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Where We Are: Buenos Aires, Argentina

I never realized quite how much I loved oxygen until arriving in Buenos Aires after 10 days in Cusco and the Inca Trail to Machu Picchu. When we got off the plane, I took a big deep breath and my lungs were easily filled with air dense with oxygen and it felt so good.

One of the most famous buildings in Buenos Aires designed to reflect The Devine Comedies.

It’s not that Buenos Aires has particularly great air, it’s just that coming from the high elevation of Cusco (3,400 meters), we were thrilled to be able to breath consistently, walk up three stairs without dying from exhaustion, and not have a tiny constant headache reminding us that we were not breed for this.

Monument to remember the Disappeared. The Mothers of the Disappeared still march around this monument every Thursday at 3:30.

It feels good to be in Buenos Aires for other (and more deserving) reasons, too. This city is quite beautiful and has a rich European vibe with lots of elaborate architecture. It’s a port city, but not quite the beach city that Lima was, despite its coastal location.  This city has made me feel at home without trying too hard to impress me. I didn’t feel blown away by anything in particular, but I feel comfortable and happy here, and I know I will miss this place when I’m gone.

National Congress building

We took a really great walking tour yesterday along Avenue de Mayo, the street that connects the National Congress with the Presidential Palace. We passed over the world’s widest street (22 lanes and quite impressive unless you’re trying to cross it on foot which takes a while), saw wild parrots running around the park just like pigeons would (my favorite part obviously) and the famous balcony where Madonna as Eva Perón sang “Don’t Cry for me Argentina” (which has been stuck in my head the entire time we’ve been in this country). We also watched the Argentina World Cup Qualifier futbal (soccer) game from a bar in Argentina and had the best time!

Don’t cry for me Argentina

The world’s widest avenue! Plus a view of the Obelisco monument.

Initial Reactions On Buenos Aires:

  1. Thin History: Unlike Peru which has a long and rich history dating back BC with many ruling civilizations, Buenos Aires has more humble roots. I won’t try to recap the entire history (because I’d probably get it wrong and you probably don’t care), but the short version is that it didn’t really have anything the Spanish wanted, so it wasn’t colonized like other parts of South America. Eventually, the Spanish realized they could use Buenos Aires as a port to ship silver from Bolivia, and the city later capitalized on Agriculture which resulted in the second largest influx of immigrants (second only to the US). That is the short story of why it’s such a huge city today. But because of this thin history, you don’t see many buildings older than late 1800s and you don’t see anyone pedaling “traditional” dress (because there isn’t any).
  2. Very European. Related to the fact that the city was really built up at the end of the 19th century and the mass immigration the city experienced (most of which came from Italy), you see a lot of European influence in this city. The architecture is very ornate and beautiful and covers a range of genres that I can’t even begin to tell you about other than that they included at least French, Italian and Greek/Roman styles, among others. What I can tell you is that they’re very beautiful to look at.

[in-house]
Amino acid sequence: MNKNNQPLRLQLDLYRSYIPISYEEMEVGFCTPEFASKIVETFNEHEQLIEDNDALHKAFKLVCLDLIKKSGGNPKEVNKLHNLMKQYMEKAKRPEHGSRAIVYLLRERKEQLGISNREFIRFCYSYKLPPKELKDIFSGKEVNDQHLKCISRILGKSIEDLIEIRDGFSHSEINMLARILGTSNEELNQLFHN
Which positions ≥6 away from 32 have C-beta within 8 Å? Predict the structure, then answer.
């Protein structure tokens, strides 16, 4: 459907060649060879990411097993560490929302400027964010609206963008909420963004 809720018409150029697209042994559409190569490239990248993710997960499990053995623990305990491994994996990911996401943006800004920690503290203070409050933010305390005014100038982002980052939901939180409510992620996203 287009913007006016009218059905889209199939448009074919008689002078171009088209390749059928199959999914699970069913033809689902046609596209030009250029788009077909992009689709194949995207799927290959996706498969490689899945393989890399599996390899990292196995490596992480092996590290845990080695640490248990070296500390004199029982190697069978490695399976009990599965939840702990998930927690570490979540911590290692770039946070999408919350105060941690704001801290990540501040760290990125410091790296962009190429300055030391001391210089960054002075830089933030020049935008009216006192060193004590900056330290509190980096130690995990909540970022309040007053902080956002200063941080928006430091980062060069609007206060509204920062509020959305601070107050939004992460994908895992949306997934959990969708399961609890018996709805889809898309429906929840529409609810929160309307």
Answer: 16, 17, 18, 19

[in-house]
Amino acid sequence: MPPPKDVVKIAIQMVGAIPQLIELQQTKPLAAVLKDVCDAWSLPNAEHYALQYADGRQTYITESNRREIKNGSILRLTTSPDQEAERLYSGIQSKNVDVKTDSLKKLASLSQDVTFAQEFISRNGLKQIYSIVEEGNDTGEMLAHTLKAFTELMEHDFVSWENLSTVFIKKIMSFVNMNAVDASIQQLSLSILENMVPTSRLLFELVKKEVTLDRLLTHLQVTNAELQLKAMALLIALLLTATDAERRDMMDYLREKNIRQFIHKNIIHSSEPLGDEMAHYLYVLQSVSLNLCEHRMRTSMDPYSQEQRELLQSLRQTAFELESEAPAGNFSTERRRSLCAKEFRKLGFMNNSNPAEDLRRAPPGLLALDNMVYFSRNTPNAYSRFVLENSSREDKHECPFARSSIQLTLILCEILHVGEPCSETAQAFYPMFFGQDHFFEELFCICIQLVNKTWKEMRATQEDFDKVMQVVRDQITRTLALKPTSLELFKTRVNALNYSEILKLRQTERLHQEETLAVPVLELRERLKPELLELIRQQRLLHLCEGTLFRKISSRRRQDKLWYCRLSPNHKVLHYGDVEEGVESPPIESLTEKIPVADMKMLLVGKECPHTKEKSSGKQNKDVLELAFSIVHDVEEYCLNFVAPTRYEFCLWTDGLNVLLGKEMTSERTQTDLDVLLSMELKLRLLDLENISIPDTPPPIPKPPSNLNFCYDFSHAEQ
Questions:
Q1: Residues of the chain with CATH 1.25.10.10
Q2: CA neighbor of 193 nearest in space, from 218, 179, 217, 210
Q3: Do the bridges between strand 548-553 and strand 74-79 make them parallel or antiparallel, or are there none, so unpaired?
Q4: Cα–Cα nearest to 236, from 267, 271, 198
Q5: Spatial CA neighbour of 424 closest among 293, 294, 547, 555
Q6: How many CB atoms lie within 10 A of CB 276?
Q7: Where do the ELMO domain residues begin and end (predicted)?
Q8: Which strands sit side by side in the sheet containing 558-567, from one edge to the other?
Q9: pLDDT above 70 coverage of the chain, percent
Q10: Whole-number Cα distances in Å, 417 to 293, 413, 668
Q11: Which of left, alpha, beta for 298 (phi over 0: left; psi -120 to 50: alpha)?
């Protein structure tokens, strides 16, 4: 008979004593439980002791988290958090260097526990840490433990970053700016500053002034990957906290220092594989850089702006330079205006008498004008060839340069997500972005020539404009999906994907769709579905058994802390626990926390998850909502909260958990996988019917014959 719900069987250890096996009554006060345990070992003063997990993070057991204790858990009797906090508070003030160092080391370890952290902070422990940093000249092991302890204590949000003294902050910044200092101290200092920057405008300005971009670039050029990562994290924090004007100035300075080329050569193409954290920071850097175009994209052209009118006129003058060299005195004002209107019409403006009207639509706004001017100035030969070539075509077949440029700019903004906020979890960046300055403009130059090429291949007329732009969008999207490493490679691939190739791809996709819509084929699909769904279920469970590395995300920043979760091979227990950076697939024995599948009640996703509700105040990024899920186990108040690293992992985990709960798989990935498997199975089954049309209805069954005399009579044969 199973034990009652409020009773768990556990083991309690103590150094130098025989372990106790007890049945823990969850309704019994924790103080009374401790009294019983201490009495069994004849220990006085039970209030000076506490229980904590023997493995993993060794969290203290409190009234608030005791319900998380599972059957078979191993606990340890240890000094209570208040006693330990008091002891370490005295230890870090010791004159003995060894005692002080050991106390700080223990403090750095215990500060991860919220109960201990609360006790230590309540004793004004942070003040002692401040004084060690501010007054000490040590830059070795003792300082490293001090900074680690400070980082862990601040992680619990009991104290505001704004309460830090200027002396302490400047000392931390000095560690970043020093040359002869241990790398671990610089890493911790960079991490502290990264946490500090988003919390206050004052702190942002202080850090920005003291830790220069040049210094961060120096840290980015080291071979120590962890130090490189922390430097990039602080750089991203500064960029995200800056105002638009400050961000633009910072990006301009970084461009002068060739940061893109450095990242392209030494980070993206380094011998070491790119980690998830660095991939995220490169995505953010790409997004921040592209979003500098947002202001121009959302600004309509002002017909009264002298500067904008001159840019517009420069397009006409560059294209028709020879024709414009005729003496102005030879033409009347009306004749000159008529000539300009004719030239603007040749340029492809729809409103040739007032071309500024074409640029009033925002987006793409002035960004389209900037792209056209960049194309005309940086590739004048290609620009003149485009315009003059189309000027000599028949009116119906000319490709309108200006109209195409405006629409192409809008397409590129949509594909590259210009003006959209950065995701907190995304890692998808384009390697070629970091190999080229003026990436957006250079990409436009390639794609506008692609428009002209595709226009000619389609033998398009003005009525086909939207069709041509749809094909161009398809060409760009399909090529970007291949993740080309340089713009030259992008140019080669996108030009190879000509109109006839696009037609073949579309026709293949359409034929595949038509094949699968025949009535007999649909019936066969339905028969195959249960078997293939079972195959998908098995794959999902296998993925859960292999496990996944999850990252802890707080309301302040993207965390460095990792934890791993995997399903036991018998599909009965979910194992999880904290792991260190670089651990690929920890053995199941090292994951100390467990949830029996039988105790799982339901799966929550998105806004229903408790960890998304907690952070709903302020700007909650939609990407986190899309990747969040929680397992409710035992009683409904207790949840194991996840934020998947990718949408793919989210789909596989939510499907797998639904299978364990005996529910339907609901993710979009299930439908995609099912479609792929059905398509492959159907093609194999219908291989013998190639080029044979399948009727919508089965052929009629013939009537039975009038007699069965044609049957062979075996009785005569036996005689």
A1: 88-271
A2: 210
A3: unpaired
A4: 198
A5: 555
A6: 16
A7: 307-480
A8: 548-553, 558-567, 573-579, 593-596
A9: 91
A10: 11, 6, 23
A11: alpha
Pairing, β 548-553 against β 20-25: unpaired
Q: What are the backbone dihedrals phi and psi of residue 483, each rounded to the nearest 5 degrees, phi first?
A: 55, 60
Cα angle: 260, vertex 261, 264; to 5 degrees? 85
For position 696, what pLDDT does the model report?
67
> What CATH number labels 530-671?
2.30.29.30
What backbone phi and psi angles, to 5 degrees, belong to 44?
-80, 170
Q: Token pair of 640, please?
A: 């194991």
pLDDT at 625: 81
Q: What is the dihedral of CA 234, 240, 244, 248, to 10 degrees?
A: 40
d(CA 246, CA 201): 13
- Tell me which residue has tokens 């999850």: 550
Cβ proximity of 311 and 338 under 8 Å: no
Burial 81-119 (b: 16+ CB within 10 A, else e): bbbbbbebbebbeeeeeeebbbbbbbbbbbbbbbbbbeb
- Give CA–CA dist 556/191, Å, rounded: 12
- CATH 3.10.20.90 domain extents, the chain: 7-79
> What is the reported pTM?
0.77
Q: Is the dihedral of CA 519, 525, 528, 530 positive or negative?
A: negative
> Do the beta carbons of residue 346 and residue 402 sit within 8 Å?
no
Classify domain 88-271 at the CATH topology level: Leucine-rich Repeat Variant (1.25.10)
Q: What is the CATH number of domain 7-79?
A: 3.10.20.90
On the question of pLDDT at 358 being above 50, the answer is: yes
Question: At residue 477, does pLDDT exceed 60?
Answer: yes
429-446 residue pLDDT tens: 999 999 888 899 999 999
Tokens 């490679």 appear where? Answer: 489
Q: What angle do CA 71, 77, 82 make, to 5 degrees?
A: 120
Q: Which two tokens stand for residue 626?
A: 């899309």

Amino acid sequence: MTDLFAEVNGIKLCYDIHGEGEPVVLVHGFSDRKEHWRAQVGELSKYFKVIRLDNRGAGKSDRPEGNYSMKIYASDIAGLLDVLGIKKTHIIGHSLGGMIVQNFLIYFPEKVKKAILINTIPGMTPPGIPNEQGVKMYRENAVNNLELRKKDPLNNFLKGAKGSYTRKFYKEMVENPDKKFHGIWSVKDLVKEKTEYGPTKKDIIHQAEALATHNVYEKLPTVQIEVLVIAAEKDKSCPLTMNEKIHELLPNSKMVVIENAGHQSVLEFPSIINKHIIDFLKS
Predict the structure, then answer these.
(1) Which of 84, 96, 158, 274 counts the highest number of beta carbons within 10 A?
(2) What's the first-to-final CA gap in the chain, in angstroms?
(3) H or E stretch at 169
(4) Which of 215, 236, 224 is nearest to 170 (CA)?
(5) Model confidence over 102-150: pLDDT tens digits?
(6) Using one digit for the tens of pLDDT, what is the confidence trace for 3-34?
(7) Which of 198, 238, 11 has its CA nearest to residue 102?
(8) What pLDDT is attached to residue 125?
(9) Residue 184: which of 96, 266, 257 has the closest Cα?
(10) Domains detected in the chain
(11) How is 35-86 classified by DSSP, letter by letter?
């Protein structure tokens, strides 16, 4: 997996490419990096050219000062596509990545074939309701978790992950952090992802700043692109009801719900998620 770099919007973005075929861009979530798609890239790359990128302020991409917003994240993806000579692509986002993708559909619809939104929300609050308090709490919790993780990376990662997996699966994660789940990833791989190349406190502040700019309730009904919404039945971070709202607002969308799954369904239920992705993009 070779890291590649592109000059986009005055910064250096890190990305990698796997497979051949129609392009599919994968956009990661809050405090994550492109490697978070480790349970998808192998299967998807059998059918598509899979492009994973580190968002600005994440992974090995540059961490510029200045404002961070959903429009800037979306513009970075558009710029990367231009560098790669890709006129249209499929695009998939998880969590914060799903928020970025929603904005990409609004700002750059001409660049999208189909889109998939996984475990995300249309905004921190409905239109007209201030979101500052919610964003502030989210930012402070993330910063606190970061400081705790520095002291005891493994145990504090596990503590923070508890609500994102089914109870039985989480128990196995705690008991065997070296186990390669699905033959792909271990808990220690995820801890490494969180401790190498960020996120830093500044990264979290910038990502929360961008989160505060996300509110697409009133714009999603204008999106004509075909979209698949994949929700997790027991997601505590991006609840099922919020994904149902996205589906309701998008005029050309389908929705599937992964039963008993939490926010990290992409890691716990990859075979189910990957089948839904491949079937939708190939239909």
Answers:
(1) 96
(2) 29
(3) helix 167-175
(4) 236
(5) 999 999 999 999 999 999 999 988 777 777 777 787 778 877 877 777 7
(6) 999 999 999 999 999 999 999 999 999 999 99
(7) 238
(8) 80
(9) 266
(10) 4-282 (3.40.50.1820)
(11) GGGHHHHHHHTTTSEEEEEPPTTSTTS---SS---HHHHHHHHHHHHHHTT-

3. Not Touristy. This is a city where people live and work. They speak Spanish to you because that’s the langue they speak and they haven’t been forced to adapt English for the sake of tourists. There are not solicitors selling massages on every corner and I have yet to see a single souvenir shop. People are dressed for work in fancy suits and great coats and they’re living in a city that feels very modern and alive. This is not a gimmicky city and I like it.
  4. Great Beer Culture: We flagged one bar near our Airbnb, and both times we’ve tried to go to it, we have passed other awesome bars and gone to them instead! The best part is that many bars here have two-for-one happy hour specials that go pretty late into the evening (8 or 9 PM) which means we’ve drank twice an many beers as we’ve intended to. We’ve been overall impressed with the quality and quantity of beer bars around here!

The view of Avenue de Mayo with National Congress at the end.

What you need to know:

  • Population: ~3 million
  • Altitude: 25 meters
  • Exchange Rate: 17.27 Argentine pesos to $1 USD
  • Primary Language: Spanish
  • Walking TourBuenos Aires Free Walks
  • Time Zone: Argentina Time, UTC/GMT -3 (2 hours later than US Central Time)
  • Taxi: Yes
  • Uber: Yes
  • Public Transit: Bus & Train
  • Emergency Number: 911
  • Running: There is a nature reserve across the port form our Airbnb that has a running trail loop and lots of birds. I won’t tell you which I’m most looking forward to.
  • American Football: It’s finally football season and Kenny is very excited! We found a bar (called Sugar) that plays American Football here in BA. Unfortunately, because of the time difference, we’re probably going to watch the Thursday kickoff game at home, but try that bar on Sunday.
  • Starbucks: Yes, many.
  • Local Starbucks Specialty: Not sure if this is local or they got this back in the US, but they have a Caramel Macchiato Frappuccino here!
  • Coffee Price:  65 (~3.75 USD) for a coffee at Starbucks, 85 (~$5 USD) for a Caramel Macchiato at Starbucks and around 85-95 (~$5.50 USD) for cold brew at a specialty coffee shop.
  • Beer Price: 100 – 120 soles  (~$6 – $7 USD)

Plaza de Mayo (Not pictured are the parrots you will find all around this square!)